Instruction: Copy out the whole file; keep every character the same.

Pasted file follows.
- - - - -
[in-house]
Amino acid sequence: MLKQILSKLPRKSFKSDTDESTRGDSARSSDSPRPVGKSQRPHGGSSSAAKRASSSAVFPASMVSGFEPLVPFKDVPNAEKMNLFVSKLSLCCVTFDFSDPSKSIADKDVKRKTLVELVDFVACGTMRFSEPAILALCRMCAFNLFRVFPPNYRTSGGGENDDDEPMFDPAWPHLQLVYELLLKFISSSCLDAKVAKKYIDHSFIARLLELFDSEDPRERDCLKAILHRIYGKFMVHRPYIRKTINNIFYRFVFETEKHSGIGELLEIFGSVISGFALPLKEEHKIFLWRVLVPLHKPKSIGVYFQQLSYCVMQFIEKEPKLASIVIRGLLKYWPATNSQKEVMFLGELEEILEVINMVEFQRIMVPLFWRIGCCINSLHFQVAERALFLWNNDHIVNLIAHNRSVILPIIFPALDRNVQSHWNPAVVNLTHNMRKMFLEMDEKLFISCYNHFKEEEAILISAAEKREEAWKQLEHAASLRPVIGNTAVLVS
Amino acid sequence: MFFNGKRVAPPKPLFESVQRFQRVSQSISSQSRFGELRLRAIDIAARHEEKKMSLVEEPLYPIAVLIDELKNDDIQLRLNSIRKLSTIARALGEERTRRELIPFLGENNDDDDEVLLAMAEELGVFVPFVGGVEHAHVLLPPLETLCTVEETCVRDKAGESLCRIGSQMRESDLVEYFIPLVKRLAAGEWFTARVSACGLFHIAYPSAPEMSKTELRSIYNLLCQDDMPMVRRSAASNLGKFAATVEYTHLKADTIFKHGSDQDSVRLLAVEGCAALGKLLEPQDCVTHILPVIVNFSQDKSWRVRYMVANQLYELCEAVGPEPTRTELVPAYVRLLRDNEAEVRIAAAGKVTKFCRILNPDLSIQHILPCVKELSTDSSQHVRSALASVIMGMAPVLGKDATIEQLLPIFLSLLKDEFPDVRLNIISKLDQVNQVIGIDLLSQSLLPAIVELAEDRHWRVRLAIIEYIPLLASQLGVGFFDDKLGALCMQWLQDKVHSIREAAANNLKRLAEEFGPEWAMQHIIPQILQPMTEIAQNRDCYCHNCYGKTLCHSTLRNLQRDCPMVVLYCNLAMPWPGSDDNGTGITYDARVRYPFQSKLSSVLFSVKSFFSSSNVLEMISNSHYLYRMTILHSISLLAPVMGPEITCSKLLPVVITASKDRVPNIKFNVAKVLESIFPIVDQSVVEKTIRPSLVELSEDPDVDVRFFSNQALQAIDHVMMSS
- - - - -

[in-house]
Amino acid sequence: MLKQILSKLPRKSFKSDTDESTRGDSARSSDSPRPVGKSQRPHGGSSSAAKRASSSAVFPASMVSGFEPLVPFKDVPNAEKMNLFVSKLSLCCVTFDFSDPSKSIADKDVKRKTLVELVDFVACGTMRFSEPAILALCRMCAFNLFRVFPPNYRTSGGGENDDDEPMFDPAWPHLQLVYELLLKFISSSCLDAKVAKKYIDHSFIARLLELFDSEDPRERDCLKAILHRIYGKFMVHRPYIRKTINNIFYRFVFETEKHSGIGELLEIFGSVISGFALPLKEEHKIFLWRVLVPLHKPKSIGVYFQQLSYCVMQFIEKEPKLASIVIRGLLKYWPATNSQKEVMFLGELEEILEVINMVEFQRIMVPLFWRIGCCINSLHFQVAERALFLWNNDHIVNLIAHNRSVILPIIFPALDRNVQSHWNPAVVNLTHNMRKMFLEMDEKLFISCYNHFKEEEAILISAAEKREEAWKQLEHAASLRPVIGNTAVLVS
Amino acid sequence: MFFNGKRVAPPKPLFESVQRFQRVSQSISSQSRFGELRLRAIDIAARHEEKKMSLVEEPLYPIAVLIDELKNDDIQLRLNSIRKLSTIARALGEERTRRELIPFLGENNDDDDEVLLAMAEELGVFVPFVGGVEHAHVLLPPLETLCTVEETCVRDKAGESLCRIGSQMRESDLVEYFIPLVKRLAAGEWFTARVSACGLFHIAYPSAPEMSKTELRSIYNLLCQDDMPMVRRSAASNLGKFAATVEYTHLKADTIFKHGSDQDSVRLLAVEGCAALGKLLEPQDCVTHILPVIVNFSQDKSWRVRYMVANQLYELCEAVGPEPTRTELVPAYVRLLRDNEAEVRIAAAGKVTKFCRILNPDLSIQHILPCVKELSTDSSQHVRSALASVIMGMAPVLGKDATIEQLLPIFLSLLKDEFPDVRLNIISKLDQVNQVIGIDLLSQSLLPAIVELAEDRHWRVRLAIIEYIPLLASQLGVGFFDDKLGALCMQWLQDKVHSIREAAANNLKRLAEEFGPEWAMQHIIPQILQPMTEIAQNRDCYCHNCYGKTLCHSTLRNLQRDCPMVVLYCNLAMPWPGSDDNGTGITYDARVRYPFQSKLSSVLFSVKSFFSSSNVLEMISNSHYLYRMTILHSISLLAPVMGPEITCSKLLPVVITASKDRVPNIKFNVAKVLESIFPIVDQSVVEKTIRPSLVELSEDPDVDVRFFSNQALQAIDHVMMSS